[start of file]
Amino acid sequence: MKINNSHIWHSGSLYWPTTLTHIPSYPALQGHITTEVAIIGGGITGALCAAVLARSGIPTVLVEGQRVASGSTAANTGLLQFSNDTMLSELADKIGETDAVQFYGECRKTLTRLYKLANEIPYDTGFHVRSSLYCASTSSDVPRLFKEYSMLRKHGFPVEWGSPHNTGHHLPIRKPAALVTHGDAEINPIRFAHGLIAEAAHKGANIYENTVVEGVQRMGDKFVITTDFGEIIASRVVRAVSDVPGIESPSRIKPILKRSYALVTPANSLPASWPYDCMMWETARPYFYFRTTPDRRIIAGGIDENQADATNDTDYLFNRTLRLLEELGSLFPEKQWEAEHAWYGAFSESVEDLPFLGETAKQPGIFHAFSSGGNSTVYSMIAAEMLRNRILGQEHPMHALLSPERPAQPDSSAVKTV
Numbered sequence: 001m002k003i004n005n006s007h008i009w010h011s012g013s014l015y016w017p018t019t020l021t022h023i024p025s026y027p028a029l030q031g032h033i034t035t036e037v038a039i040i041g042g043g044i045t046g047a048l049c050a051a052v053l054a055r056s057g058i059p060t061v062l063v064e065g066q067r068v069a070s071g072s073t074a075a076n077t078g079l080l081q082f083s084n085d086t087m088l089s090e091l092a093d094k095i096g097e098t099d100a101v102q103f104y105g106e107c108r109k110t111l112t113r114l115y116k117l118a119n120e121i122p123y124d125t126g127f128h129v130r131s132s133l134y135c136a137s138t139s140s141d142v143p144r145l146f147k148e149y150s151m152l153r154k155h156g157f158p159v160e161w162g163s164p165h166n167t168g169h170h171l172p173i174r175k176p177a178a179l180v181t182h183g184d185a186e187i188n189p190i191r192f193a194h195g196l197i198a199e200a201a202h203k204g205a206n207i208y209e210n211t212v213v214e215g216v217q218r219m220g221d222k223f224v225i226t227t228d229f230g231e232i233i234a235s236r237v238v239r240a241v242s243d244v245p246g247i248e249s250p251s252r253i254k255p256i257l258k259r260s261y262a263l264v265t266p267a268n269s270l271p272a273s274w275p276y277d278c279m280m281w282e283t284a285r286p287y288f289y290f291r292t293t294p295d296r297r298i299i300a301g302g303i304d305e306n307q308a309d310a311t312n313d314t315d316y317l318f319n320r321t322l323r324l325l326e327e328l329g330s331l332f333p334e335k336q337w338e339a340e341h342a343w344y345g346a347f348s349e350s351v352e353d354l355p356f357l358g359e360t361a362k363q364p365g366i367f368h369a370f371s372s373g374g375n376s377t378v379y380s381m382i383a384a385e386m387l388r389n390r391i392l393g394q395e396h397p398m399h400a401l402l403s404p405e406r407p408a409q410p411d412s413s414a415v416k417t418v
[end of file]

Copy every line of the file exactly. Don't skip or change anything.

Amino acid sequence: MKINNSHIWHSGSLYWPTTLTHIPSYPALQGHITTEVAIIGGGITGALCAAVLARSGIPTVLVEGQRVASGSTAANTGLLQFSNDTMLSELADKIGETDAVQFYGECRKTLTRLYKLANEIPYDTGFHVRSSLYCASTSSDVPRLFKEYSMLRKHGFPVEWGSPHNTGHHLPIRKPAALVTHGDAEINPIRFAHGLIAEAAHKGANIYENTVVEGVQRMGDKFVITTDFGEIIASRVVRAVSDVPGIESPSRIKPILKRSYALVTPANSLPASWPYDCMMWETARPYFYFRTTPDRRIIAGGIDENQADATNDTDYLFNRTLRLLEELGSLFPEKQWEAEHAWYGAFSESVEDLPFLGETAKQPGIFHAFSSGGNSTVYSMIAAEMLRNRILGQEHPMHALLSPERPAQPDSSAVKTV
Numbered sequence: 001m002k003i004n005n006s007h008i009w010h011s012g013s014l015y016w017p018t019t020l021t022h023i024p025s026y027p028a029l030q031g032h033i034t035t036e037v038a039i040i041g042g043g044i045t046g047a048l049c050a051a052v053l054a055r056s057g058i059p060t061v062l063v064e065g066q067r068v069a070s071g072s073t074a075a076n077t078g079l080l081q082f083s084n085d086t087m088l089s090e091l092a093d094k095i096g097e098t099d100a101v102q103f104y105g106e107c108r109k110t111l112t113r114l115y116k117l118a119n120e121i122p123y124d125t126g127f128h129v130r131s132s133l134y135c136a137s138t139s140s141d142v143p144r145l146f147k148e149y150s151m152l153r154k155h156g157f158p159v160e161w162g163s164p165h166n167t168g169h170h171l172p173i174r175k176p177a178a179l180v181t182h183g184d185a186e187i188n189p190i191r192f193a194h195g196l197i198a199e200a201a202h203k204g205a206n207i208y209e210n211t212v213v214e215g216v217q218r219m220g221d222k223f224v225i226t227t228d229f230g231e232i233i234a235s236r237v238v239r240a241v242s243d244v245p246g247i248e249s250p251s252r253i254k255p256i257l258k259r260s261y262a263l264v265t266p267a268n269s270l271p272a273s274w275p276y277d278c279m280m281w282e283t284a285r286p287y288f289y290f291r292t293t294p295d296r297r298i299i300a301g302g303i304d305e306n307q308a309d310a311t312n313d314t315d316y317l318f319n320r321t322l323r324l325l326e327e328l329g330s331l332f333p334e335k336q337w338e339a340e341h342a343w344y345g346a347f348s349e350s351v352e353d354l355p356f357l358g359e360t361a362k363q364p365g366i367f368h369a370f371s372s373g374g375n376s377t378v379y380s381m382i383a384a385e386m387l388r389n390r391i392l393g394q395e396h397p398m399h400a401l402l403s404p405e406r407p408a409q410p411d412s413s414a415v416k417t418v